Hybrid Lubes – This is a fairly new category of lubrication. Hybrid silicone-water lubricants offer the feel of silicone with the toy-friendly features of water-based lubricants. If anything, hybrid lubes create an even creamier glide than pure silicone-based lubricants.
Silicone-water hybrid lubes last a long time, and they don’t stain most fabrics. They also tend to be less expensive than pure silicone lubricants. Win-win!
Which Personal Lubricant Should You Choose?
If you’re trying to find the “best” lube, know this: it doesn’t really exist. The answer is different for just about every person, but here are a few questions to ask yourself when choosing a personal lubricant:
How will I use this?
This is the first and most important question: Will you use this lube for masturbation, anal sex, vaginal sex, or oral sex? Will you use a condom or dental dam? What about toys?
A bit of planning will go a long way. For instance, silicone lubes are often preferable for anal sex, since they last longer and generally have a thicker consistency than water-based lubricants (we should note that there are a few thicker water-based formulas, so this is more of a general guideline than a rule). Silicone is also great for vaginal intercourse, although some people prefer the feel of water-based products.
However, silicone lubes aren’t great for many toys. To be safe, a good rule of thumb is to never use silicone lubricant with soft sex toys, whether they’re made with silicone, jelly, rubber, or PVC. Water-based lubricants work well with all toys, but tend to dry out over time. Oil-based lubricants are ideal for masturbation, but not recommended for vaginal sex.
You get the idea. Once you understand the advantages of the three main types of lube, you should have a pretty good idea of what you’ll need, but really think about how you’re going to use the product before you click “buy.”
Will this be safe for my body?
If you’re buying a lubricant for vaginal use, you should definitely avoid oil-based lubes, since some formulas can increase the chances of yeast infections by upsetting your vaginal flora (the bacteria and other microbes that live in a healthy vagina). Oil-based lubricants will also damage latex condoms, so to reiterate, if you’re practicing safe sex, avoid oil-based lube. If you do plan on using a condom with an oil-based lube, make sure that condom made of polyurethane, not latex.
Silicone and water-based lubricants are generally considered very safe, although some people may be sensitive to ingredients like propylene glycol. Some publications have also suggested that a class of antimicrobial chemicals called parabens could affect hormone production; while there’s currently no scientific evidence to support that assertion, paraben-free lubricants are quite common. If you have allergies, you’ll also want to check the labels of lubes with herbal ingredients. Many lubricant manufacturers now offer organic lubricants as well as all natural lubes made for the more health conscious consumers. Natural lubricants tend to dry out quicker than most due to the lack of preservatives and other synthetic ingredients. Many health conscious consumers are also seeking out glycerin free lubricants as some believe that glycerin can turn into a sugar inside the female body thus potentially causing yeast infections. There are no long term studies proving this but many believe it is better to be safe than sorry.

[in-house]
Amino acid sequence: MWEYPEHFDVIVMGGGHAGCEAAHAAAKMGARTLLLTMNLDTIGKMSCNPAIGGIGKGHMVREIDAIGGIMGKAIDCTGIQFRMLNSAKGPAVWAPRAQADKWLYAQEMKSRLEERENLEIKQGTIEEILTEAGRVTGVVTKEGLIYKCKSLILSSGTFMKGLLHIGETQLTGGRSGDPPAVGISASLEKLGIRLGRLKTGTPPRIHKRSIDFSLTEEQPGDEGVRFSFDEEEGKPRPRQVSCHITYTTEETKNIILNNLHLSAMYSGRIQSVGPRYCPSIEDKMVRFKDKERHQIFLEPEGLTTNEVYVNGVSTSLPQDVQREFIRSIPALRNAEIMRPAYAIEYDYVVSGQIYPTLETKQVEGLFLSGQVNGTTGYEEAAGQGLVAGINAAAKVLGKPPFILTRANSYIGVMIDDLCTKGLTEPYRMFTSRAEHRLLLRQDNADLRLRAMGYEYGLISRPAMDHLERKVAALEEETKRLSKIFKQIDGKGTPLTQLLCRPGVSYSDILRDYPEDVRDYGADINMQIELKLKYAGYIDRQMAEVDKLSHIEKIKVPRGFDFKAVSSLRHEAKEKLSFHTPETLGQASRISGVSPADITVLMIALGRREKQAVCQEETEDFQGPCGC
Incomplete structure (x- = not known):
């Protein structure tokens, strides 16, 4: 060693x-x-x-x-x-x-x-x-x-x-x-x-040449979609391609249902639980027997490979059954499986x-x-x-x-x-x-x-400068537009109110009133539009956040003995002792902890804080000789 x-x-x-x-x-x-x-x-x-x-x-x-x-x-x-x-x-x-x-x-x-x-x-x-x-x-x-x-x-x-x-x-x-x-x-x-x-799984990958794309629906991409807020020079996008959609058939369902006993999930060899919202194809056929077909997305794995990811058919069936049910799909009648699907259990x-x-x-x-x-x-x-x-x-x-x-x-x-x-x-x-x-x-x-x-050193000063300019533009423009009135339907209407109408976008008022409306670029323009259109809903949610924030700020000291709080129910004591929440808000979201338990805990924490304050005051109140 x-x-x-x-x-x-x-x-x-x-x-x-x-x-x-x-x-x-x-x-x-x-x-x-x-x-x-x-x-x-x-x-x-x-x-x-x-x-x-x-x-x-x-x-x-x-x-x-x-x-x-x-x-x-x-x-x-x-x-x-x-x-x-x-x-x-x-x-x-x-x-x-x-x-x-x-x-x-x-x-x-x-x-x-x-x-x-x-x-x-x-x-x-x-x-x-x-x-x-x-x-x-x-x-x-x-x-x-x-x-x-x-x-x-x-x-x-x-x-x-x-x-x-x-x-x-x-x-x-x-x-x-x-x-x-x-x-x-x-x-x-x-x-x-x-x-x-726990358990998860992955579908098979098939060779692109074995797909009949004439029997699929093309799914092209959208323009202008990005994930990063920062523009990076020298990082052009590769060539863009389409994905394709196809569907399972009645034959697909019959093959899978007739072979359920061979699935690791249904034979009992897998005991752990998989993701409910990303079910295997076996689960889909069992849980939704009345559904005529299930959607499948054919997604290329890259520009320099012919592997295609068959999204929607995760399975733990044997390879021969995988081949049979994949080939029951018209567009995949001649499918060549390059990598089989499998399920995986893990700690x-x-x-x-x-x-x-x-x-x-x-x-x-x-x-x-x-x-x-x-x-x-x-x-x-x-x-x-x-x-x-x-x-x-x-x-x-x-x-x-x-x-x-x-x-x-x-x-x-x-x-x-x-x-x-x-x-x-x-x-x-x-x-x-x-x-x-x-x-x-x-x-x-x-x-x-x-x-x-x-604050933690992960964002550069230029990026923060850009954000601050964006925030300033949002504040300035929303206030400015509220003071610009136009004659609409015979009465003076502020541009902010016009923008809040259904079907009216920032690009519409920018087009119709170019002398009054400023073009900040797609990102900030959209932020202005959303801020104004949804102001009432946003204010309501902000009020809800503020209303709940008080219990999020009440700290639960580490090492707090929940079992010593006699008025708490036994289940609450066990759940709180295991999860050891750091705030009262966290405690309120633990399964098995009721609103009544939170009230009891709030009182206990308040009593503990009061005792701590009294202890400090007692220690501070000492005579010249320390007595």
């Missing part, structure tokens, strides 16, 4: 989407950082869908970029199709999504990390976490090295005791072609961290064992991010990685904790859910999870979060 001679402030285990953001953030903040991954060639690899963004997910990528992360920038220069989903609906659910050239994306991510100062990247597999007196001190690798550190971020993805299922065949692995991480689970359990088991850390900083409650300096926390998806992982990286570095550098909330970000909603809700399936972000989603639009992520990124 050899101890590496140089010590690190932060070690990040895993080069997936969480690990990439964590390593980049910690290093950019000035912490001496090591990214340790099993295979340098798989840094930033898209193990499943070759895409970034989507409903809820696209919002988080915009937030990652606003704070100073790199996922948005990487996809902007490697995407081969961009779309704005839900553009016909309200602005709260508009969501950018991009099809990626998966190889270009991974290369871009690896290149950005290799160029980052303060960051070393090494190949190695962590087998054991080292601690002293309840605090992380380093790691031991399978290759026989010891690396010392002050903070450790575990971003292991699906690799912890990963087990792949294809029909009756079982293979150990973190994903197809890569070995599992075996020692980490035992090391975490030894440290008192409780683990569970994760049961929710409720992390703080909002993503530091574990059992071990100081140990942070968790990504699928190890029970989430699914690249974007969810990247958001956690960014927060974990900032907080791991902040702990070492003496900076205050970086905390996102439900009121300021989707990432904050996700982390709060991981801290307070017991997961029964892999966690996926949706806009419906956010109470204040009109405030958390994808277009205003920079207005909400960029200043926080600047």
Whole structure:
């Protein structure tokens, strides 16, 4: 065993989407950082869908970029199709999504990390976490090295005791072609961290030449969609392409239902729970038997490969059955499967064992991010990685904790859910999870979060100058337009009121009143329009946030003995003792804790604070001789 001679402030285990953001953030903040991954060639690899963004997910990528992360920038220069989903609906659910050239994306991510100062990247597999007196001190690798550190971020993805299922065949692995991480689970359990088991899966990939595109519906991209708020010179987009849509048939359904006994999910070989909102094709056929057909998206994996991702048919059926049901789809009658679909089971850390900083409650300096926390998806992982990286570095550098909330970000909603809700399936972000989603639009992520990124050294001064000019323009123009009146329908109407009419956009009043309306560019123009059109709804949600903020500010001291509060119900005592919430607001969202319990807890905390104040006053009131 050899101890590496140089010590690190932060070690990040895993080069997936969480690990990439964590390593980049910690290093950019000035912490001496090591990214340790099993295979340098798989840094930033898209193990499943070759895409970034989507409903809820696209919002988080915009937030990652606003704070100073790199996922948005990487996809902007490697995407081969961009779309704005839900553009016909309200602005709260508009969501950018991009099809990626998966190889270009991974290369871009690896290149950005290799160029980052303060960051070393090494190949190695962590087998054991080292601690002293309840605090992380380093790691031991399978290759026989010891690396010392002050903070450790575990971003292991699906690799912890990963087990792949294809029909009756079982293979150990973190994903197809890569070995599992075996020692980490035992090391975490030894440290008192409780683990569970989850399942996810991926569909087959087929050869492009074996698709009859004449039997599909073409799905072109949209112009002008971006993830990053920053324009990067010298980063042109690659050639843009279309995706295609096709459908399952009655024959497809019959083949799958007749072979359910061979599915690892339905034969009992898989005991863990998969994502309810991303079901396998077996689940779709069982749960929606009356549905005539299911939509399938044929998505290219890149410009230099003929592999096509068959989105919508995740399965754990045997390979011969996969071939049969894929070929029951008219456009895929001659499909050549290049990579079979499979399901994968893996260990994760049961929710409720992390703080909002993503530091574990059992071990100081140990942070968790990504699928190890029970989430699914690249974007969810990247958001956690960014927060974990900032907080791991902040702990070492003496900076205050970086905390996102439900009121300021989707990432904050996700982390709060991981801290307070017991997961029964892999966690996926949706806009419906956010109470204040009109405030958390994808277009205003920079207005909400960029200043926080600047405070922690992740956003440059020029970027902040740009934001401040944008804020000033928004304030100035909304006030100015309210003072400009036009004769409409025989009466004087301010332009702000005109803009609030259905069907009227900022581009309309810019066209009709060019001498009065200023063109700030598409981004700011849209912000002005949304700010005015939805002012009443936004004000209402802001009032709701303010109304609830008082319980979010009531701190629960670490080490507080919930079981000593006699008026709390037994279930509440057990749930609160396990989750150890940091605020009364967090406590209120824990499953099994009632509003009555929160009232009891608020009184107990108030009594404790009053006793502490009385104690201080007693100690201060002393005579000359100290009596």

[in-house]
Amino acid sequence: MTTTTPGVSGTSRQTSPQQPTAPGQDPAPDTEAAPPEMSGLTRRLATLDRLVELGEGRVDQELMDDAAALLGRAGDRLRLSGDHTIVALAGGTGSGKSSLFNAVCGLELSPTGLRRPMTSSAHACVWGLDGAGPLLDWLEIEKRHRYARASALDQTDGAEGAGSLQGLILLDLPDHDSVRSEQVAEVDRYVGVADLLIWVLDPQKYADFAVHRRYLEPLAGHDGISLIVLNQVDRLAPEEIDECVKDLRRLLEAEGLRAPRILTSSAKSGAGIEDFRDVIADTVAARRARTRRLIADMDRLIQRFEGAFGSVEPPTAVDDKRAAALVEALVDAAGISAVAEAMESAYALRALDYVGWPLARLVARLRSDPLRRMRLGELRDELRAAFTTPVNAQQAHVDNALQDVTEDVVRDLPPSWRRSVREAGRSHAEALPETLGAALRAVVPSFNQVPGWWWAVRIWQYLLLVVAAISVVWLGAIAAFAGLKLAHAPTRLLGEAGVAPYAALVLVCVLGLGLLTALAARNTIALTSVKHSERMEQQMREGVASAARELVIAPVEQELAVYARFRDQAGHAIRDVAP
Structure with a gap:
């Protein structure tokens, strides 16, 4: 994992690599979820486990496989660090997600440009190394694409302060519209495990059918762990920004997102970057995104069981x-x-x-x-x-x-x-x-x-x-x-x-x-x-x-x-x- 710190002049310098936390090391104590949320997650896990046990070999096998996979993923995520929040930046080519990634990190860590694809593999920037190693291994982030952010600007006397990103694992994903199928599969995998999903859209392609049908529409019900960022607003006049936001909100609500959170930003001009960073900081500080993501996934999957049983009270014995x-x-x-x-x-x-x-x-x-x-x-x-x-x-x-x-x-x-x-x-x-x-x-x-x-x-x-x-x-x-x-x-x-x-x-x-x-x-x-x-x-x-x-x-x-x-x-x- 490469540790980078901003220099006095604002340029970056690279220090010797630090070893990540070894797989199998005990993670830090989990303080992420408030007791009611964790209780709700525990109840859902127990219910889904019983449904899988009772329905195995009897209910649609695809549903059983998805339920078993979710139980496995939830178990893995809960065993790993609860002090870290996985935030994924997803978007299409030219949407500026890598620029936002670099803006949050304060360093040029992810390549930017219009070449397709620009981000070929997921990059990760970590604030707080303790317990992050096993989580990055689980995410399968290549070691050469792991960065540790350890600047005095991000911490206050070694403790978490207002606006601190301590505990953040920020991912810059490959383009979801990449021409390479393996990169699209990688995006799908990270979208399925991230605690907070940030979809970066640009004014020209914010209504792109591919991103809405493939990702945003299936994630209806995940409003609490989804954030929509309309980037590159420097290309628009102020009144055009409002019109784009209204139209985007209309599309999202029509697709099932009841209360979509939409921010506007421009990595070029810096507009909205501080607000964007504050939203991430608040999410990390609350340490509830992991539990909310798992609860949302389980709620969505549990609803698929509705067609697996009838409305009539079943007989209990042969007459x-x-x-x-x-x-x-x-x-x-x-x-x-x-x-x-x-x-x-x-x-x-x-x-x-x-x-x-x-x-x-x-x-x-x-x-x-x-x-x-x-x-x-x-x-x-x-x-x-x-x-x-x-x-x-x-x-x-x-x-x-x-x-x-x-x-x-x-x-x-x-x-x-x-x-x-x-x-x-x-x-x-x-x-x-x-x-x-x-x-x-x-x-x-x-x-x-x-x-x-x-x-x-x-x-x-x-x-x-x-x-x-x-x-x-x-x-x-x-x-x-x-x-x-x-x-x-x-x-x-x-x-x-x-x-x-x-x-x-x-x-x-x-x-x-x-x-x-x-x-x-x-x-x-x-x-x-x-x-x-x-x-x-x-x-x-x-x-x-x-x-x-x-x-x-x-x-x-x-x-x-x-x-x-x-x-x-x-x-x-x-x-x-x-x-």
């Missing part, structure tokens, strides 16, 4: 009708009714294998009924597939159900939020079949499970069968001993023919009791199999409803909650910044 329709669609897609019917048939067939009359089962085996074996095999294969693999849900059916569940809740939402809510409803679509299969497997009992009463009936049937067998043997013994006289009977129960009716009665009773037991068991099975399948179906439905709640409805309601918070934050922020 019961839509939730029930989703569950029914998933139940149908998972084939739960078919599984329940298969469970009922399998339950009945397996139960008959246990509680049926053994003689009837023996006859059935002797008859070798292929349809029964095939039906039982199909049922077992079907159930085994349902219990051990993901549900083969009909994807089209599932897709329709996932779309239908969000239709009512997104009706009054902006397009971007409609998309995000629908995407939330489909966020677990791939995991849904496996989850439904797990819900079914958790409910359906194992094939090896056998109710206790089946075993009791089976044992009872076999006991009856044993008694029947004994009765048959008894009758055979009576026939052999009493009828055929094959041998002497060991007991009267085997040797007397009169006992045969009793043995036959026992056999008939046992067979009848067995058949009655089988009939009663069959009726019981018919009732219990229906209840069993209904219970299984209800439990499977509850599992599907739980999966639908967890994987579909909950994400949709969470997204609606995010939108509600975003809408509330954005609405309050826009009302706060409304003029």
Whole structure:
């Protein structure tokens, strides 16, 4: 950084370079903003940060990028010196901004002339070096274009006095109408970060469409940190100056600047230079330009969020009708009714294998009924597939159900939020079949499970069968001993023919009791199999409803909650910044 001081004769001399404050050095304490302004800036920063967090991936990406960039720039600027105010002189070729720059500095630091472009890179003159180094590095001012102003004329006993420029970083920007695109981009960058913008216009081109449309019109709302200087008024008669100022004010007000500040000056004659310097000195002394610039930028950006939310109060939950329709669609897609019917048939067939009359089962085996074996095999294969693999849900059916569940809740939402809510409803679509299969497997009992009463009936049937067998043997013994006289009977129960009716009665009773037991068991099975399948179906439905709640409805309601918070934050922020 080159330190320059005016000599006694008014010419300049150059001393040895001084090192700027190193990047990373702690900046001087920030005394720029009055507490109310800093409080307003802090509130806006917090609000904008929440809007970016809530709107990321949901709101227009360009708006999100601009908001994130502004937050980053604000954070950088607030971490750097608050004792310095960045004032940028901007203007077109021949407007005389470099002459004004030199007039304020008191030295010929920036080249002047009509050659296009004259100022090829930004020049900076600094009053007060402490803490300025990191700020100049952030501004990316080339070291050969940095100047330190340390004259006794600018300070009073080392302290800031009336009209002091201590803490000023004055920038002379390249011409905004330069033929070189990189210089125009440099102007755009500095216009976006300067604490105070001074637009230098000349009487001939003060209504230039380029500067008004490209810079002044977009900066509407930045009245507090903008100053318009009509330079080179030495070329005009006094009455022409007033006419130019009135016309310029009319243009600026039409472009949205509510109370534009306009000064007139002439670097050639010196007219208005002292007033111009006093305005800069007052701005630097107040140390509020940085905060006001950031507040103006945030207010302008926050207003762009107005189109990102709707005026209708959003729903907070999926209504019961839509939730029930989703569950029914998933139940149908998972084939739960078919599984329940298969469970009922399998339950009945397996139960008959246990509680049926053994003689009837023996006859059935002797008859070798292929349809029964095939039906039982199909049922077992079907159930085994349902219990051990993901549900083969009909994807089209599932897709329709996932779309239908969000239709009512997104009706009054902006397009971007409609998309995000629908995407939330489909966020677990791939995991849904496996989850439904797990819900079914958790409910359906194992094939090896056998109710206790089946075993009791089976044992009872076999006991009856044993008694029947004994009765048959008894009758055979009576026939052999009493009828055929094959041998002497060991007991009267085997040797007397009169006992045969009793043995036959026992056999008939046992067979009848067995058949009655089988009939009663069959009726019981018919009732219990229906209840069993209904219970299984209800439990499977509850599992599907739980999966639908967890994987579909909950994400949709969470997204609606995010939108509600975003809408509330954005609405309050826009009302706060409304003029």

No matter what formula you choose, always be safe and buy your lubricants from a reputable supplier. If you notice irritation or other adverse effects after using a certain lube, discontinue use immediately.
Am I interested in a “special” lubricant formula?
Specialty lubes increase stimulation in lots of ways. If you can dream it, there’s probably a lube that can do it. Edible lubes are available in a stunning array of flavors. There are warming lubes, cooling lubes, and tingling lubes. There are even lubes that can help delay ejaculation.
These specialty lubricants produce their effects with special ingredients. For instance, warming and cooling lubricants offer a different type of sexual experience by using capsaicin, menthol, and other additives. Some lubricants have herbal additives and vitamins for a libido-boosting effect (To be determined if these truly boost libidos)
If you decide to try a lubricant with added sensations, always remember to test it on your skin first before jumping right into sex. Experts recommend testing a small amount of lubricant on the inner part of your wrist; that’s a sensitive area that mimics the reactions you may have on your genitals.
If you’re especially susceptible to yeast infections or you’re trying to conceive, pH-neutral lubricants are ideal. Some manufacturers even make sperm-friendly lubricants to increase your odds of conception, if that’s your goal.
For men with a hair trigger, numbing lubricants can help prolong sex (although they’re generally not recommended for anal penetration, since they can increase the chances of an injury by blocking pain). There’s a pretty huge world of lubricants, so once you know the basics, dive in—metaphorically, of course. The more popular ingredients used for numbing lubricants include lidocaine and benzocaine, both over the counter topical anesthetics commonly used at the dentist.
Here’s the bottom line: No lubricant is 100 percent perfect for everyone. Experimentation is part of the fun, so try out different types of lubricant from different brands. See what you like. As long as you know the lube’s ingredients and you use it as directed, there’s really not much that can go wrong.